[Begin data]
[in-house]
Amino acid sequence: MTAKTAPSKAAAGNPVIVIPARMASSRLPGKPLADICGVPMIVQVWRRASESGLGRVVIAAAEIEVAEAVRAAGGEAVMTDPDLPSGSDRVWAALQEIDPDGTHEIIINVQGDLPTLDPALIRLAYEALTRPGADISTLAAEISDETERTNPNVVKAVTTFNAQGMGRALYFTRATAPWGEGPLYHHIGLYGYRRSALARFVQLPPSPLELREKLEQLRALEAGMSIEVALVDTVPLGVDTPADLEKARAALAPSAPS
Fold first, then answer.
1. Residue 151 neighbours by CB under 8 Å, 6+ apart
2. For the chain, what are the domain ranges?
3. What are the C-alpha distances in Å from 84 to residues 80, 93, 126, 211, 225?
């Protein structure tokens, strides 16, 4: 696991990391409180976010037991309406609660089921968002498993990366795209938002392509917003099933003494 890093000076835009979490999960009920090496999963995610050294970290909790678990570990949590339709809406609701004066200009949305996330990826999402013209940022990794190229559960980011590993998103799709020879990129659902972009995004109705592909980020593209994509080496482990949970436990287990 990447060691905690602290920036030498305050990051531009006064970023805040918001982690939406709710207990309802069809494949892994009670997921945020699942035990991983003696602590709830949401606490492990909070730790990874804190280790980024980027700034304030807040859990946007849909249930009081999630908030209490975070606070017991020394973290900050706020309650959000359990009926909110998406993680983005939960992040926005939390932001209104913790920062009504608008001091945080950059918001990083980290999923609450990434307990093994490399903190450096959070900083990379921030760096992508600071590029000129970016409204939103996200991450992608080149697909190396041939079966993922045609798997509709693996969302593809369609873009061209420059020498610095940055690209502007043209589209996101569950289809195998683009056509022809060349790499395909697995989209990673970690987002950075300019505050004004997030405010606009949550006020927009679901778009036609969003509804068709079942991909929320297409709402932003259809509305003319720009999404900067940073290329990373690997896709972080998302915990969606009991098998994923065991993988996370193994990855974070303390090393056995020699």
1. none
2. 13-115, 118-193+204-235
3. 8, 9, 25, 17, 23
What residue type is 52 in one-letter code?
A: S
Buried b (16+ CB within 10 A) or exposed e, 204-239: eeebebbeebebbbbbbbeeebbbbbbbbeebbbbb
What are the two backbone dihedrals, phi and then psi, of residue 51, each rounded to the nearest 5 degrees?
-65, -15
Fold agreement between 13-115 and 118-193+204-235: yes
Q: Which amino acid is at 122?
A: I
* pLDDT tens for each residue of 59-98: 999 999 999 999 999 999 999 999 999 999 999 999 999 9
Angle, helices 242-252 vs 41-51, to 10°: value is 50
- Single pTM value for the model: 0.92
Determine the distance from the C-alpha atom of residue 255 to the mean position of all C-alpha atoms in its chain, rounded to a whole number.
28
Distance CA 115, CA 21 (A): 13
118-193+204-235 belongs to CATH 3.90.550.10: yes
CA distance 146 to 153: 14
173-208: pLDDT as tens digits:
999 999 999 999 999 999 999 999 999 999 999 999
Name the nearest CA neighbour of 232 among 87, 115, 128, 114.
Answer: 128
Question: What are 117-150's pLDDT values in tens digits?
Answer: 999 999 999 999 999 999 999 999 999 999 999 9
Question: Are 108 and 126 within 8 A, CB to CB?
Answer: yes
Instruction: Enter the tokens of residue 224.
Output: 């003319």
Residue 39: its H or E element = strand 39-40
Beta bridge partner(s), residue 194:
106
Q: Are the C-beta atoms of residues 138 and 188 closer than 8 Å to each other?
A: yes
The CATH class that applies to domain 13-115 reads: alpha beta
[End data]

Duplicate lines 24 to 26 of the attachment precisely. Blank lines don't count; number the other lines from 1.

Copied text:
Distance CA 115, CA 21 (A): 13
118-193+204-235 belongs to CATH 3.90.550.10: yes
CA distance 146 to 153: 14